We got some mixed news as Initial Claims for Unemployment Insurance fell by 3,000 last week to 456,000. However, it is not good enough. If one factors in the upward revision to the previous week's number, it is actually an increase of 3,000. The decline was also much smaller than consensus expectations, which were looking for a level of 450,000 new claims.
Since the week-to-week numbers can be noisy and volatile, it is generally better to look at the four-week moving average to get a better sense of the overall trend. This is tracked in the graph below (from http://www.calculatedriskblog.com/).
After a massive and steep decline starting in April of last year, and continuing through New Year's 2010, the trend of initial jobless claims has become very erratic. This is starting to look like a replay of what happened after the last two recessions, when after a steep decline at first, initial jobless claims remained on a high plateau for a very long period of time. Those periods coincided with jobless recoveries.
The four-week moving average increased by 2,500 this week to 463,000. That, however, is still a huge improvement over the 612,250 level of a year ago. If we are going to make a serious dent in the unemployment rate (currently at 9.7% for May) we probably need to see the four-week moving average fall below the 400,000 level and stay there.Continuing Claims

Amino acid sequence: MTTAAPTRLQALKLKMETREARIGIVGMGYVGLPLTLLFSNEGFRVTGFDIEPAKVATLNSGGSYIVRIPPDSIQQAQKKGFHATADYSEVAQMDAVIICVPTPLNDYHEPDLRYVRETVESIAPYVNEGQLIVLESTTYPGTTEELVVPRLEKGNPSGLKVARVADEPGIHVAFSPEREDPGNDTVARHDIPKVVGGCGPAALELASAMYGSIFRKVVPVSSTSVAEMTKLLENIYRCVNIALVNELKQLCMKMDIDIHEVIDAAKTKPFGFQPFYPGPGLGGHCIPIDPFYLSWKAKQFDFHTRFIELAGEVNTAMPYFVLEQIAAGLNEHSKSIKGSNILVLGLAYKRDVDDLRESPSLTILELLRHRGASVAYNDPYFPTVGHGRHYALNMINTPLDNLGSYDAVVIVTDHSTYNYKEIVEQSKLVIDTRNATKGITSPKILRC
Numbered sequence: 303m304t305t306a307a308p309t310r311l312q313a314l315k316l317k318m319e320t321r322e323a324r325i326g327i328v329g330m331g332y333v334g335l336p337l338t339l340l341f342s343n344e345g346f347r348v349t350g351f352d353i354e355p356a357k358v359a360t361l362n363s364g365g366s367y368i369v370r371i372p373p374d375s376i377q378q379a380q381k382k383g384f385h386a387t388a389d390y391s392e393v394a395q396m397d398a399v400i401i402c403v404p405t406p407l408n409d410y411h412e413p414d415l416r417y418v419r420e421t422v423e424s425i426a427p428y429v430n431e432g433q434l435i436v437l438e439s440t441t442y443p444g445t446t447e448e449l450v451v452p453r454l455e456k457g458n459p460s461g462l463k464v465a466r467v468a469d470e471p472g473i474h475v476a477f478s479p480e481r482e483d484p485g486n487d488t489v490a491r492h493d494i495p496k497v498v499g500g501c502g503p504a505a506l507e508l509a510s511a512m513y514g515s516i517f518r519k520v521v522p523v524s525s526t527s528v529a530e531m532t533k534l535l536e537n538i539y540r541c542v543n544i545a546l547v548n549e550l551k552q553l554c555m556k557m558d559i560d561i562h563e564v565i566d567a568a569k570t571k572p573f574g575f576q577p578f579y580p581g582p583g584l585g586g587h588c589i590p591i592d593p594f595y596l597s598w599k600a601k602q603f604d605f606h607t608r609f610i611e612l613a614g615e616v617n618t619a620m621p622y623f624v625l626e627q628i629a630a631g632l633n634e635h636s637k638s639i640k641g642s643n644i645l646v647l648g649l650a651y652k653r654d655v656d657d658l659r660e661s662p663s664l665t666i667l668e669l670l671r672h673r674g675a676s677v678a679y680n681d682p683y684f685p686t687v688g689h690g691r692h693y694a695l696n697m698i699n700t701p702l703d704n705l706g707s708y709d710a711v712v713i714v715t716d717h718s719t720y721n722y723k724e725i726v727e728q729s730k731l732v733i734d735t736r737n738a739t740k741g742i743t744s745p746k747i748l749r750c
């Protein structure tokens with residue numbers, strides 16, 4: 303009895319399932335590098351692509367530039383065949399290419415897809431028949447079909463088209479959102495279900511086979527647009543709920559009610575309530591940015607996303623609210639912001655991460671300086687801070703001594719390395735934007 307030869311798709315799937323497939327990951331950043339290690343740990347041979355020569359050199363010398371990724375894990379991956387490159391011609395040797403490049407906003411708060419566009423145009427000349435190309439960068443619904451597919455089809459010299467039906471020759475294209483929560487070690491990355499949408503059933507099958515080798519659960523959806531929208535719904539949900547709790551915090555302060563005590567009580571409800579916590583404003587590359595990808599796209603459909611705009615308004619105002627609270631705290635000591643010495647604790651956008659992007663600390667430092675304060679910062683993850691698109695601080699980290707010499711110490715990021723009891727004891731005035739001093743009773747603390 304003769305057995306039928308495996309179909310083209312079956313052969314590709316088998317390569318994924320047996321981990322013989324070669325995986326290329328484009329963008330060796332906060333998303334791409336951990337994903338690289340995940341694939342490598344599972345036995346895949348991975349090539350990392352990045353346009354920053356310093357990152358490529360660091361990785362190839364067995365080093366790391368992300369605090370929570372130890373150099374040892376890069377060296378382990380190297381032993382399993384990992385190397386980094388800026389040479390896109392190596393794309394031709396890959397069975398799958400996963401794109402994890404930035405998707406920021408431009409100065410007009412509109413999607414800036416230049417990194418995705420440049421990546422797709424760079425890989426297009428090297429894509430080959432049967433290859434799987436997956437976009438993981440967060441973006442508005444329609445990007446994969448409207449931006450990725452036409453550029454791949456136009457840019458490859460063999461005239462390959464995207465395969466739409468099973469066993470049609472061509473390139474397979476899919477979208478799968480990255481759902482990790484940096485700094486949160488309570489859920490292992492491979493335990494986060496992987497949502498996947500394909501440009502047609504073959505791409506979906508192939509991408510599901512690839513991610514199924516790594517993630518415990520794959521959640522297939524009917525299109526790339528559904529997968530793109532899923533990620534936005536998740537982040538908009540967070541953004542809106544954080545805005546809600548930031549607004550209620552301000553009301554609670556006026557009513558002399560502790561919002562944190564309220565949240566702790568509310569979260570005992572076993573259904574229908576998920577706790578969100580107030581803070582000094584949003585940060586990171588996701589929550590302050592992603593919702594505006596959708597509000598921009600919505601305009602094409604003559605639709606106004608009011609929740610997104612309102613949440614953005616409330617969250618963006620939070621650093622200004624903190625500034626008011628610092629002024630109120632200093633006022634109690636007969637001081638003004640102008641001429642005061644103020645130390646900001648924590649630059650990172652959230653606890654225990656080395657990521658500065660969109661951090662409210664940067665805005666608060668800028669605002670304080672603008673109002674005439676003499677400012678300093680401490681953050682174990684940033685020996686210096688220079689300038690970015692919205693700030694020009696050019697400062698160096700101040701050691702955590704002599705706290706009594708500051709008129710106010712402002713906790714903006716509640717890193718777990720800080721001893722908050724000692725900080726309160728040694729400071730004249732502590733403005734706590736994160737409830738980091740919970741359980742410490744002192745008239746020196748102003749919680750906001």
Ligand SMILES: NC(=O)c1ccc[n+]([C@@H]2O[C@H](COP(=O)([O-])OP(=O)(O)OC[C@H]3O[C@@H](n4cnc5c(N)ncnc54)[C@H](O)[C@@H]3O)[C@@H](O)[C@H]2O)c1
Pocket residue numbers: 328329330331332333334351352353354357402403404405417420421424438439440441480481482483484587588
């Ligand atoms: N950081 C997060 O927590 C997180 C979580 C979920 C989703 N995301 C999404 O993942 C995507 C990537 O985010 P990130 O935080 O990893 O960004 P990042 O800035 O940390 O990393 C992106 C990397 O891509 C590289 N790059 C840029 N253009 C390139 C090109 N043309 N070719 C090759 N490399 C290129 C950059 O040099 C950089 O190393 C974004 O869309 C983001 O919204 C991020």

The news on continuing jobless claims was a bit more positive. Regular continuing jobless claims fell by 255,000 to 4.462 million, although that, too, is from an upwardly revised figure from last week. Based on the original number, the decline is 202,000, which is still pretty good.
Regular continuing jobless claims have been in a steep downtrend of late. A year ago they were at 6.543 million, so over the course of the year we have seen a 31.8% decline. However, regular continuing jobless claims do not tell the whole story, not by a long shot.
Regular jobless claims are paid by the state unemployment insurance funds, and last for only 26 weeks. As of May, 46.0% of all of the unemployed had been out of work for longer than that.
After 26 weeks, people move over to the extended jobless claims programs, which are paid for by the federal government as part of the Stimulus Package. In the current report, extended jobless claims were up 69,500 to 5.390 million.
While regular continuing jobless claims might have dropped over the last year, the same is not true for extended jobless claims. They have almost doubled from last year's level of 2.765 million.
Thus, a better way to look at things is the total number of people getting unemployment benefits. On that basis, the number of people getting benefits is 185,000 lower than a week ago, and 544,000, or 5.8%, higher than a year ago.